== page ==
I have been thinking a lot about wisdom recently – in large part because I am approaching my seventieth birthday and keenly aware that the cultivation of wisdom is the crucial developmental challenge at this stage of life. However, I have also been thinking about wisdom because I am on the cusp of launching a wisdom school. This is definitely not something I would have undertaken if I thought of a wisdom school as a place where wise people teach others how to become more wise. However, understanding it as a place where all involved learn together how to access and live with deeper wisdom helped me understand and accept this as the core of my calling at this stage of my life.
When I think about the dimensions of my life in which I display the least wisdom it is quite apparent that the missing ingredient is not knowledge. Nor is it a lack of understanding. I still often eat more than is good for me when I like the taste of the food. And I am still vulnerable to holding onto resentment rather than immediately releasing it even though I know very well that the path to wellbeing is to notice and then release irritation as soon as it arises.
It seems to me that learning wisdom isn’t so much about acquiring additional knowledge as it is about remembering and living what we already know. At a minimum it seems it must start there. At some deep level we know that Wisdom invites us to stop trying to push the river and instead allow ourselves to be embraced by the flow of life that surrounds us. At some deep level we know that the route to inner freedom is less about acquiring and possessing than it is about softening our attachments and opening ourselves to the vulnerability we so desperately defend against.
But if wisdom is remembering what we already know, living the wisdom we know is deepening that knowing by moving it from our head down into our body and out into our life. Obviously there is a place for information in all of this – particularly, anything that helps us understand the big picture of the interconnectedness of everything within and beyond us. But, wisdom is a little theory and a lot of practice, and it’s the practice – the living of what we know – that is really important.
Marcel Proust tells us that no one can give us wisdom; we must discover it for ourselves. I think he is right. He says that finding it involves “a journey through the wilderness which no one else can take for us, and effort which no one can spare us.”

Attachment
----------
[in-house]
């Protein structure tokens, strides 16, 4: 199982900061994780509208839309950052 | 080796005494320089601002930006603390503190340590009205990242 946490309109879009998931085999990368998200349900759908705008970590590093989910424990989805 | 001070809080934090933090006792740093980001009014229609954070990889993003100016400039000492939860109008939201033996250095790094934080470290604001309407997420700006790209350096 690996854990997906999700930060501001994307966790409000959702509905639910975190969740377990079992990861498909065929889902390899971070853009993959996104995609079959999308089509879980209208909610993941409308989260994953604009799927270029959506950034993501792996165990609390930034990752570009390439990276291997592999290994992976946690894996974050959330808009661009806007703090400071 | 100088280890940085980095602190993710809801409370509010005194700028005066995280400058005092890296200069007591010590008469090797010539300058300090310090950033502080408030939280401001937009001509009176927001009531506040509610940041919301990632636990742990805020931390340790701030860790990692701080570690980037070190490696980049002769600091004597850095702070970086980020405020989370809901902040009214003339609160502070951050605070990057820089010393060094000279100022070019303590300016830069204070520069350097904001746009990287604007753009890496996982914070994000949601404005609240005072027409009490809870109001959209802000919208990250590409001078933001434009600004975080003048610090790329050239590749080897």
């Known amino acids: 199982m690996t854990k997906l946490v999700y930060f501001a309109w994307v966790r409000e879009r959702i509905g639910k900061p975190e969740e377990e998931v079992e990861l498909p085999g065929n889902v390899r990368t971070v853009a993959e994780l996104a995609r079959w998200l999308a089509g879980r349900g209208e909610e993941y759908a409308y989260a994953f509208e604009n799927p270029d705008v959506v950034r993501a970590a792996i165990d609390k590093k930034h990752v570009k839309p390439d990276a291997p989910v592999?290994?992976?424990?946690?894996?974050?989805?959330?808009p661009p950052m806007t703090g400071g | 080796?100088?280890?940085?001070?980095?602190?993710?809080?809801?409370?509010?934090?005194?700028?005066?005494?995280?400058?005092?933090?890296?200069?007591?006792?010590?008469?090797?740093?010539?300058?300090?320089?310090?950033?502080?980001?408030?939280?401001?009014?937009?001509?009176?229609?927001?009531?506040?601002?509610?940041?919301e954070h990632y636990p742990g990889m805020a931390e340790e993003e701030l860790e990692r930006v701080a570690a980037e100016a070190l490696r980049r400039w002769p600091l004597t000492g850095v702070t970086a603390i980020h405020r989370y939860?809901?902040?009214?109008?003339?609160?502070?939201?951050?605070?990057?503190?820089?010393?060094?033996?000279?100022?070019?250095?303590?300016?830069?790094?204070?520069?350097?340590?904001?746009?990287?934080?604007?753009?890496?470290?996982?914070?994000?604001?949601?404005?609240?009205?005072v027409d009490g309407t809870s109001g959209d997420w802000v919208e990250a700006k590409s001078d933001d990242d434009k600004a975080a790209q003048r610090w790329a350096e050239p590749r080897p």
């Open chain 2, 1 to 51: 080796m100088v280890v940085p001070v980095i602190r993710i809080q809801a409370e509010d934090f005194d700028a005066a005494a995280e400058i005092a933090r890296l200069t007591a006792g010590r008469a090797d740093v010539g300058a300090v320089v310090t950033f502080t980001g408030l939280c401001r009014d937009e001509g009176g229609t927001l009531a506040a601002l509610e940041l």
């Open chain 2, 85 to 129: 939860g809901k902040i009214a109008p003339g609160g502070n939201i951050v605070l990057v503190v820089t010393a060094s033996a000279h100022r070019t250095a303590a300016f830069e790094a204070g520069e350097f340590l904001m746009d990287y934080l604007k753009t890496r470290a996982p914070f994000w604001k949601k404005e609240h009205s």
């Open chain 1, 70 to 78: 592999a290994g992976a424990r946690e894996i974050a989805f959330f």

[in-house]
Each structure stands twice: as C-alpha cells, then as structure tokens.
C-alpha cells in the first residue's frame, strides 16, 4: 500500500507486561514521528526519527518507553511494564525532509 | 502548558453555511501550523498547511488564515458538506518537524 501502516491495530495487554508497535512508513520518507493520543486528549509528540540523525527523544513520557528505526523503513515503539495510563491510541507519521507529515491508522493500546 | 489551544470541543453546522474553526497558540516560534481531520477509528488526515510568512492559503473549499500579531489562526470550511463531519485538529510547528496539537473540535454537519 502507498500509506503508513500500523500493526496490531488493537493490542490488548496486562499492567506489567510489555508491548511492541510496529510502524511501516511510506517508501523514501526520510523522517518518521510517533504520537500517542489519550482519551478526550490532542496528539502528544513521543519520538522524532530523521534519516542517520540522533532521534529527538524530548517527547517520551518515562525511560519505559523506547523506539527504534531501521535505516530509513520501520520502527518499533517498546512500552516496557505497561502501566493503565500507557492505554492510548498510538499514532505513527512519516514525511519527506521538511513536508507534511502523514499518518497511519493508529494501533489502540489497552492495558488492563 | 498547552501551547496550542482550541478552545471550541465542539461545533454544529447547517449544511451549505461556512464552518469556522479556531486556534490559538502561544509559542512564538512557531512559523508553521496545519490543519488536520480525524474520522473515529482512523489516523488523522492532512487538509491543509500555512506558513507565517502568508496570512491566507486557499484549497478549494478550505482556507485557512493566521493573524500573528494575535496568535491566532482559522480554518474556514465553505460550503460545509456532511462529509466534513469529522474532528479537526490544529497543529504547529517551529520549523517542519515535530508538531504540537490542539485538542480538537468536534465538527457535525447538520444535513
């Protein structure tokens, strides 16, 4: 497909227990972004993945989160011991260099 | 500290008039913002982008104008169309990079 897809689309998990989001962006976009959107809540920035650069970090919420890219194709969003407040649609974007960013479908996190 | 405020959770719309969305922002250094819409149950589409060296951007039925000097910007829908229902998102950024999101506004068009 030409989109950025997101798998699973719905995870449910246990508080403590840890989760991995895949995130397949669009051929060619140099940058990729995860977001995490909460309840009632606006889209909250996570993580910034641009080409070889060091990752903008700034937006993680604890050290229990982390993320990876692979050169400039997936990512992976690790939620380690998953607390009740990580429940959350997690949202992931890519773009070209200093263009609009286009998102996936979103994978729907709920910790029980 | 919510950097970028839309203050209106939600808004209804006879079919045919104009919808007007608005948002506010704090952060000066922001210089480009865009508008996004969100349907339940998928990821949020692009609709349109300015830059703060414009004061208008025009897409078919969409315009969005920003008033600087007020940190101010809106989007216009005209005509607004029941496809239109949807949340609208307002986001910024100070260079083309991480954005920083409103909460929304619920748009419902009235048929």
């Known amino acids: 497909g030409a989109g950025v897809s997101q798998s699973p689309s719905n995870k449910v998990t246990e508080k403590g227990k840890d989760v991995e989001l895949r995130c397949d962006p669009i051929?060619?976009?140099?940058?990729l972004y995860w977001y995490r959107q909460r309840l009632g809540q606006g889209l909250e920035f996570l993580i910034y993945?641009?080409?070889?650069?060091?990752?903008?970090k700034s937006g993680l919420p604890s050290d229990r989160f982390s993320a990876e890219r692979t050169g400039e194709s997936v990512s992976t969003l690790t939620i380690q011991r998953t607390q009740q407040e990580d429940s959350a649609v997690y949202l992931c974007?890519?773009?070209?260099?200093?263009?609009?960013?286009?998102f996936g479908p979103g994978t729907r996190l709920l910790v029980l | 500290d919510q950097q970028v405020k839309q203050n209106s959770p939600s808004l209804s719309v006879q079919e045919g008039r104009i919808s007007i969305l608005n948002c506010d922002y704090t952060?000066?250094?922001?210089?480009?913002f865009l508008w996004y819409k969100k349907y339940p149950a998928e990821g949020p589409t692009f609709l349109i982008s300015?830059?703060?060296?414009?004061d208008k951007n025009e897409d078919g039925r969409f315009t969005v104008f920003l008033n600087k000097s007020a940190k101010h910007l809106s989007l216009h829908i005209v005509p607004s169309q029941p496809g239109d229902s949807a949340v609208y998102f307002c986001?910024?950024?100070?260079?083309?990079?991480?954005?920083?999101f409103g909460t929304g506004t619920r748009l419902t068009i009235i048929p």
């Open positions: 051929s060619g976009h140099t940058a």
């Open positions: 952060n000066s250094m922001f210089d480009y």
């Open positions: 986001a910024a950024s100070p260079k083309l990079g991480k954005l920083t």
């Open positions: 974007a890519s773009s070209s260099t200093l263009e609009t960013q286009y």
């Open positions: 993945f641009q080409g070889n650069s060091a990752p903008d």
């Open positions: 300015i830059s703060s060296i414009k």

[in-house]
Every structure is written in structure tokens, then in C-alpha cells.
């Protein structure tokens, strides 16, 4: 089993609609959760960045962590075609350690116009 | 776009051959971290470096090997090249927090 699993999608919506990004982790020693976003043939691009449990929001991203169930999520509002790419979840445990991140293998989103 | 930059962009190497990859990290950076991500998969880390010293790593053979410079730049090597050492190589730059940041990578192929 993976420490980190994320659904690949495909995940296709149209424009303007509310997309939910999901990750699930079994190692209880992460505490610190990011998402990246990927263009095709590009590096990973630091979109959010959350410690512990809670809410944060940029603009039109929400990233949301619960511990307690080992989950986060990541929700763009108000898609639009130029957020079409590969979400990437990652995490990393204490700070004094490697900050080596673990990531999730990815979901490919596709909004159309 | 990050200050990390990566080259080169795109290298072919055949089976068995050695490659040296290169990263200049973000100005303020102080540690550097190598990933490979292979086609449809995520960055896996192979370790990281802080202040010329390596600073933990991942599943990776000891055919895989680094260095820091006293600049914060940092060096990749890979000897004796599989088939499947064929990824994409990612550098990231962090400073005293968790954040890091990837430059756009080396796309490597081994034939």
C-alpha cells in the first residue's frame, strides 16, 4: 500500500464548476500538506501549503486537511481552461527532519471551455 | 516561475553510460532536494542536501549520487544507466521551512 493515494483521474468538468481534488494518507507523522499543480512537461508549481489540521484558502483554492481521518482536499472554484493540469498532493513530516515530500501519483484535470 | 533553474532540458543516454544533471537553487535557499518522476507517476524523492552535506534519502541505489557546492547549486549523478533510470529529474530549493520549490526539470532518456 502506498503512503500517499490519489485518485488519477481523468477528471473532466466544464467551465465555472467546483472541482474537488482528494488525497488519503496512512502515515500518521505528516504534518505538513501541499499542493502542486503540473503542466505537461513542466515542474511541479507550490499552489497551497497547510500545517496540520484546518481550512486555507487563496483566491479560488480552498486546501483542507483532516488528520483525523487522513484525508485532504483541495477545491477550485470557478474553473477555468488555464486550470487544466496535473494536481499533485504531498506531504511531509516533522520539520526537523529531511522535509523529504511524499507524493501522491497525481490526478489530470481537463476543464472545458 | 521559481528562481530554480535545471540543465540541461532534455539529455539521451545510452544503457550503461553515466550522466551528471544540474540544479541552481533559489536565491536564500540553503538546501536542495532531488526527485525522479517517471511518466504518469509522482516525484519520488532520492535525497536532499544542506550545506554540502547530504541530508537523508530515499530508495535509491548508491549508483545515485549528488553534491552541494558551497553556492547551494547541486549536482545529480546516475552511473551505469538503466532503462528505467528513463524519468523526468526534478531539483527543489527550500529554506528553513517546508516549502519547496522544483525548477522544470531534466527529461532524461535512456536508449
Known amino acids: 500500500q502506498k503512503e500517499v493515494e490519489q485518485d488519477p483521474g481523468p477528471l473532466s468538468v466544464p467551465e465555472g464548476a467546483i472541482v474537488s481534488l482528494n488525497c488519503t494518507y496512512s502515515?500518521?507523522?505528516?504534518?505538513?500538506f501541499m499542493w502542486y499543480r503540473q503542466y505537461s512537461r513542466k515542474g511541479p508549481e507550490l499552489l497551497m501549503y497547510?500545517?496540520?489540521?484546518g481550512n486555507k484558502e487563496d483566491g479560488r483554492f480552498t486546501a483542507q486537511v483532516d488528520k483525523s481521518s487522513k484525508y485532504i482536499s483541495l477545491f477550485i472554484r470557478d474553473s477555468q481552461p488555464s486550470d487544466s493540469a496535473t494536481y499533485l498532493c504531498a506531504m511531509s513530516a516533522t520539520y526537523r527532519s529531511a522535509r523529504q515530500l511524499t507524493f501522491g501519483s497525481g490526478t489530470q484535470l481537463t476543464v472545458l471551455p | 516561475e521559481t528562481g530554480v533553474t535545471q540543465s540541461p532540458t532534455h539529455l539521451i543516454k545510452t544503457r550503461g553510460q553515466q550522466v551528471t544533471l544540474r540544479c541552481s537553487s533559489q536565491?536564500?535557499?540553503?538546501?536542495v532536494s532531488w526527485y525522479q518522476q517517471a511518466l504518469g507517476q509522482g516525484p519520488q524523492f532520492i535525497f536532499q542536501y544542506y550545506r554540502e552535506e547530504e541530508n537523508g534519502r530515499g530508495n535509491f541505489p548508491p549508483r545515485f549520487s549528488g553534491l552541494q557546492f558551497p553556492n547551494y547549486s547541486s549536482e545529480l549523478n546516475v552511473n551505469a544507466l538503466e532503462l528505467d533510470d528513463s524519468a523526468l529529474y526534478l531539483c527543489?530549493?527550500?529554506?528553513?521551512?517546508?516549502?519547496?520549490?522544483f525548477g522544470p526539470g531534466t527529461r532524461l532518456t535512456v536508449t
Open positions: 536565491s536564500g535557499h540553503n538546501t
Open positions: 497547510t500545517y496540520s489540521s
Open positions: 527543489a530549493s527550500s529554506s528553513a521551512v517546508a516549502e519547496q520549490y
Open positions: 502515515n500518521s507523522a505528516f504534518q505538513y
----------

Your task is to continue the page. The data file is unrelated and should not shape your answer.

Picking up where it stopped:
There are no shortcuts to acquiring wisdom. Wisdom comes from living, not simply from reading or listening to those who are wiser. Wise teaching has the potential to motivate us to live more fully the wisdom we already know but sadly, our tendency is to settle for simply acquiring information rather than working to live the wisdom of the knowledge we already have.
Wisdom is accessed through spiritual practices that have become woven into the fabric of daily life. The practices are not the end, merely the means to the end. Anthony DeMello describes the following interaction between a seeker and a spiritual master:
“What can I do to make myself Enlightened?”
“As little as you can do to make the sun rise in the morning.”
“Then of what use are the spiritual practices you prescribe?”
“To make sure you are not asleep when the sun begins to rise.”
Some of these practices may appear more spiritual than others but all are deeply spiritual and all are essential if we are to be truly transformed and become whole. Contemplative practices have a particularly important role in learning to access and live wisdom because of the way in which they open up regions of the heart that are essential if wisdom is to get us as opposed to us simply getting it.
No single spiritual tradition has a monopoly on wisdom. However, it seems to me that wisdom can only be deeply accessed through deeply living one’s own spiritual tradition. I know how much this flies in the face of cafeteria-style wisdom and spirituality but I am convinced that pick-and-choose versions of either leaves us in shallow waters.
As is the case for all the really important things in life, wisdom is much harder to define than it is to know. In fact, because it can never be grasped by the mind it doesn’t lend itself well to being reduced to words. Fortunately, however, it can be learned and it can be lived and, as we have already seen, it is in living that it is really learned.
But let me offer my provisional way of describing what I take to be the essence of wisdom. I would suggest that, grounded in a deep awareness of the sacredness and interconnectedness of everything in existence, wisdom is living in alignment with the creative Spirit of Wisdom who inhabits all of creation and who is our truest and deepest self. Much more than information or even knowledge, wisdom is a way of living that involves every aspect of our being. It is learning to access the wellbeing and wholeness that comes through participation in God’s transformational agenda of cosmic whole-making. It is learning to see all of life through new eyes – the eyes of an awakened heart.
Walking the wisdom path we discover that personal wellbeing cannot be achieved apart from the wellbeing of the larger spheres in which we find our belonging – our families, our communities, our nations, our world and our universe. As we learn to see all of life through God’s eyes, slowly but surely our center of gravity shifts from our minds to our hearts and our consciousness and identity expand. Slowly but surely we move from duality to integrality as we increasingly relate to life not by differentiation and judgement but with heartful compassion for all that share earth as our home. Slowly but surely we are transformed and we become more whole.